Moodle Site is Back Online: Moodle 4.1 Upgrade is complete--you should be able to access your courses as of 1:45 pm EAS, 9/25/23

Sustainable Online Shopping

Nov 28, 2022
Photo by Claudio Schwarz on Unsplash

Photo by Claudio Schwarz on Unsplash

Sanctify thyself from the grades of this world, … Be thou a mountain of quiescence, a sign of meekness, a sea of patience, a light of love, a standard of utter separation (from all else save God), so that thou mayest become everlasting in the Kingdom of God.

‘Abdu’l-Bahá, Tablets of ‘Abdu’l-Bahá v2, p. 291

by Christine Muller

If you must use a car for shopping, it is generally more environmentally friendly to shop online, but only if you take certain things into account:

Most of the environmental impact of shopping comes from the production of things. So, first, like with all other shopping, stop and think: Do I really need this? Would this item really make a meaningful present? How and where was it manufactured? What might be its true cost to the environment and other people? 

Second, if you decide to go ahead with purchasing the item, do not order it via overnight shipping. Fast delivery options require additional trucks and thus have a much larger environmental footprint. If you choose ground shipping or the slowest option, you allow the company time to consolidate orders and to ship them together. Also, if you need multiple things, it is best to order them at the same time. 

Avoid ordering things online which you may have to return/exchange because this will at least triple the environmental cost of transportation. It’s better to try on new shoes in a shoe store.

For more ideas about sustainable online shopping, see: How to Shop Online More Sustainably (by Tim Heffernan, April 2021, Wirecutter magazine) and/or watch this 5-minute video on “The environmental cost of free two-day shipping” (Vox, 2017).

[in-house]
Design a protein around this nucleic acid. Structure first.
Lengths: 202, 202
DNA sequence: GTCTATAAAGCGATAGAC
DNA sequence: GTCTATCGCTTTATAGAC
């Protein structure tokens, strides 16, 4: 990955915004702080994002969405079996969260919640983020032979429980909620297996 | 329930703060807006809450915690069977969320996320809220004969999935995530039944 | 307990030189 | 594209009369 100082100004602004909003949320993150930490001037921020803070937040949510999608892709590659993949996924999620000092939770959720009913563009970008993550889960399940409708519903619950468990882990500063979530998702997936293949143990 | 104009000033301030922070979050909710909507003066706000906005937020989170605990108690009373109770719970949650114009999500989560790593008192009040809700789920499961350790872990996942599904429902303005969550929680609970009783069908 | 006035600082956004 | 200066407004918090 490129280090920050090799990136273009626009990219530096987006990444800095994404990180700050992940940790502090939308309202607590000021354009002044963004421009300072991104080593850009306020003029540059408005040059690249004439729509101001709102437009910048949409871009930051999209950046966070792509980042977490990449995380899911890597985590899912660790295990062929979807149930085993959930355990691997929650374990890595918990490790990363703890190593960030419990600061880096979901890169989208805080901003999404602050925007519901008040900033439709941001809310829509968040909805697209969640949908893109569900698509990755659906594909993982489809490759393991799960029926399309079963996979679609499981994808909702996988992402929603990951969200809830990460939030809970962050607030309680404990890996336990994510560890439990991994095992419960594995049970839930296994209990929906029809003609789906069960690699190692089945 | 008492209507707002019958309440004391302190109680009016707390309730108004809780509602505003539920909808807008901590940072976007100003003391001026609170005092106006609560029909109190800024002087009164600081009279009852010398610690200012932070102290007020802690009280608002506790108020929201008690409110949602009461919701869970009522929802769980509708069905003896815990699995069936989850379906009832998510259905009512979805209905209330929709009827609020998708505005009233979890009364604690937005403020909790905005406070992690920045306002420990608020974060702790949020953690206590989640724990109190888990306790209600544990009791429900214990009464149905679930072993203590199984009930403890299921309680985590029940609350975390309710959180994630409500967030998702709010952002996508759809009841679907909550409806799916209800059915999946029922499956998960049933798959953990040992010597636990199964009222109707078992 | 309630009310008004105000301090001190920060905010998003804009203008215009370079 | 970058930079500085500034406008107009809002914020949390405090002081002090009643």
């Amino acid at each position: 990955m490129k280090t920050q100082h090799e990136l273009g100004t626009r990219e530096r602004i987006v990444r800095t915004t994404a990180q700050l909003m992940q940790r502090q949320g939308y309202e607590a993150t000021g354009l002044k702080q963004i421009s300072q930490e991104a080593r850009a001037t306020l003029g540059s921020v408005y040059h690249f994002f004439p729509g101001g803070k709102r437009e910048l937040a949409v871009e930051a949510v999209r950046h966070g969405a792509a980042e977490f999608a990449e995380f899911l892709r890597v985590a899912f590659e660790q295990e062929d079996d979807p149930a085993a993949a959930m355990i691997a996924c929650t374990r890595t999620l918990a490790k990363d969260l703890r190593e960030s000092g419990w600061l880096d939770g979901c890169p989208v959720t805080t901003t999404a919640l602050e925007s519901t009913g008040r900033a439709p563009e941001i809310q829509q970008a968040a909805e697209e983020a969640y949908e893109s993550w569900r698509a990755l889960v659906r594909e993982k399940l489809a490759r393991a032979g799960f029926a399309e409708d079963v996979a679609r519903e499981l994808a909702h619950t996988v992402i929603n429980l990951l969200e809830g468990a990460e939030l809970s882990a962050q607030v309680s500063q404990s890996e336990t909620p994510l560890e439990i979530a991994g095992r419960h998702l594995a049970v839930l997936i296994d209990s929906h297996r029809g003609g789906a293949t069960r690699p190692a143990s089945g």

Christine Muller, Teacher of Music and the Environment

Board Secretary, International Environment Forum

I was interested in environmental issues already at a young age and became a Bahá’í when I was 17, which was the beginning of a life-long study of the Bahá’í Faith. As the environmental crisis was worsening, I began to systematically study climate change at a time when not much information was easily available. I also searched the Bahá’í teachings for a spiritual solution to the climate crisis. At that time, climate change was not known to most people and there were no educational materials available. That’s why I wrote Scientific and Spiritual Dimensions of Climate Change – an Interfaith Study Course, which the International Environment Forum posted in 2009. I joined the Wilmette Institute as support faculty for its Sustainable Development course in 2011 and created its Climate Change course the following year. I also teach a course on climate change for the Environmental Sciences Department of the Baha’i Institute of Higher Education (BIHE) in Iran. I have served on the board of RI Interfaith Power&Light for more than a decade. In recent years, much of my time is spent serving the Bahá’í-inspired International Environment Forum ( as its secretary.  My formal academic background is in music, and I enjoy part-time piano teaching, playing and - when there is time - composing music. A recent composition is Humans on Earth – a Ballad of Our Time for two singers, string orchestra, piano, and percussion. Its lyrics include quotations from scientific sources and the Bahá’í Writings. Christine’s articles on BahaiTeachings.orgSee Faculty Bio


Up Next...